If you've not had a disagreement in your marriage over money, then go check your marriage license – you may not be married! Disagreements on this topic are almost universal, even for couples with no debt, stable incomes, and a healthy perspective on money. Many couples are able to work through their disagreements, but for other couples, the disagreements turn into arguments, fights, hostility, and division.
I would challenge you to zoom out and think about what’s at the root of your conflict, because the root of financial conflict is rarely finances. Finances might be the battlefield on which you have drawn your line in the sand, but this battle is just one scene in a bigger war over your heart. Satan is using this element of everyday life to divide you and your spouse. The enemy has come to steal and kill and destroy (John 10:10).
While Satan uses many different methods to divide you on the topic of finances, here are some tactics our team has seen used over and over again:
For some spouses that come into a marriage after having gone through seasons of unemployment or financial hardship, no expense is beyond scrutiny. What happens when a person with that background marries someone who grew up in a family that lacked for nothing? Similarly, people who come from big families often approach money differently than someone who is an only child.
Recognize where both of you come from, and how that affects the way you approach life and finances. Learn to overlook small differences and talk through bigger ones so that you can better understand each other.
People have different personalities when it comes to finances. For example, some people are “spenders,” and some are “savers”—and the two types of people usually marry each other. We’ve also seen couples where one spouse worked in finance or accounting and “brought work home” by taking a cold, professional tone in family budget discussions.
Consider where some of your personality traits might be influencing the way you approach finances, then be willing to modify your approach.
There are times when it is appropriate to protect the family's assets due to a financial failure by one spouse in the past. For example, we’ve worked with a couple where the husband had a gambling addiction and they decided to restrict his access to the family assets for a season. But you can't stay there forever; if you do, resentments can develop. Ultimately trust must be rebuilt and restrictions lifted.
If you find yourself in this kind of situation, discuss measured steps that would lead to freedom, and trust the Lord with the process.
Are you lording your financial position over your partner, perhaps because you make more money? Or is there something inside you that simply wants control in your marriage? We know a couple where the husband moved his office into his wife's office space. She charged him rent, not because she needed to, but because she wanted to exert authority over him.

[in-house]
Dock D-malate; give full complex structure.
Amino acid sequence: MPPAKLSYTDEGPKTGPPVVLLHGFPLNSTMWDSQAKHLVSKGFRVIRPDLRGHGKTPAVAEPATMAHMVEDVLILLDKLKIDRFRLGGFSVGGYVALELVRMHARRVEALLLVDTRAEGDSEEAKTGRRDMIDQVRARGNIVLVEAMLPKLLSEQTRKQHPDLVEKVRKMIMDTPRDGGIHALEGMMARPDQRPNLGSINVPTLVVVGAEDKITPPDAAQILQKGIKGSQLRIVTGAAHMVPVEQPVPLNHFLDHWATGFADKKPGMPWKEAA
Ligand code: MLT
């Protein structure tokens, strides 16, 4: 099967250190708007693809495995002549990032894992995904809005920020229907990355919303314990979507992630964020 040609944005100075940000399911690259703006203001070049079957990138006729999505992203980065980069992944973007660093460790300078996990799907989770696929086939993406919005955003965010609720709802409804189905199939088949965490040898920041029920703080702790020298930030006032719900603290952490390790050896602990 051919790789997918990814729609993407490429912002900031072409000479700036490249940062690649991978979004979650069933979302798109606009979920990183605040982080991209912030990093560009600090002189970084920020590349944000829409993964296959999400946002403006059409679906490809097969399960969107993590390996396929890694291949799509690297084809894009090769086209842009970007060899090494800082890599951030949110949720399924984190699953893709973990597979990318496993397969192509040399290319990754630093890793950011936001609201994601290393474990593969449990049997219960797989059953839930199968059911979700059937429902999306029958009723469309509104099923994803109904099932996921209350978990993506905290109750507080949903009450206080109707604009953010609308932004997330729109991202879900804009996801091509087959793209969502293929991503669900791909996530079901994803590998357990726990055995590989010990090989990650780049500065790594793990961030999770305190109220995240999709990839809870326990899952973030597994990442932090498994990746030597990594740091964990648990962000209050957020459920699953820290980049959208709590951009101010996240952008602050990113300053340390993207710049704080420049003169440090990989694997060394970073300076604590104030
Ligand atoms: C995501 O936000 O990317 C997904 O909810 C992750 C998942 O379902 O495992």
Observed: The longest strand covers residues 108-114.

Instead of using a tool—money—that God commands us to use joyfully, in unity, for building His kingdom, we use it to build our own kingdom when not surrendering finances to the Lord.
Perhaps painful experiences in your life have moved you to protect your finances. Or maybe you have friends that have experienced loss, and you vow not to let that happen to you. Blended families in particular can struggle with this, because one or both spouses, in the back of their minds, might be fearful that this marriage could end like the last one. Couples in this state often decide on separate bank accounts. While this may sound very reasonable, over time it actually complicates your life and can erode trust.
Is fear causing you to have a wrong view of finances in your marriage? Consider the parable of the 10 talents in Matthew 25:14-30. The third servant did not invest due to fear, yet God clearly calls us to steward our resources well and trust Him with the outcome.
You might have never been trained in how to manage your finances. It’s just like marrying a guy who has never been trained to change a tire: it happens. You just have to recognize your inexperience and take steps to improve. In God's providence, often a spouse in this situation is married to one who does possess the skill, so humble yourself and invest time to learn and then practice the skill together. You can also learn more about how to manage money as a couple here.
And parents, don’t miss out on the opportunity to teach your children about stewardship and finances from an early age. You can use a piggy bank and an allowance to show your kids how to budget for giving, saving, and spending. By starting young, you can set them up for a lifetime of success.
Missed expectations can cause marital conflict, and there is often a financial element to those expectations. For example, what expectations do you have about how much to spend on date nights? Or when do you expect you’ll be able to afford a house, and how nice will that house be? What will life look like in retirement? For example, we knew a couple where the wife thought they would buy a house during engagement, and she was very disappointed when her fiancé pointed out that they had no money for a down payment.
It is important to think through whether your expectations are realistic, and to communicate them with your spouse.
When you stood at the altar and said "for richer or for poorer," did you mean it? In those words, you were saying that you will not let your financial condition as a couple dictate your love for each other. So don't let it! Read Ephesians 6:10-13. Recognize how the enemy is trying to divide you and take steps to fend off the attack. Share the fight with your friends so they can stand with you. Let finances become a source of encouragement in your marriage, not division.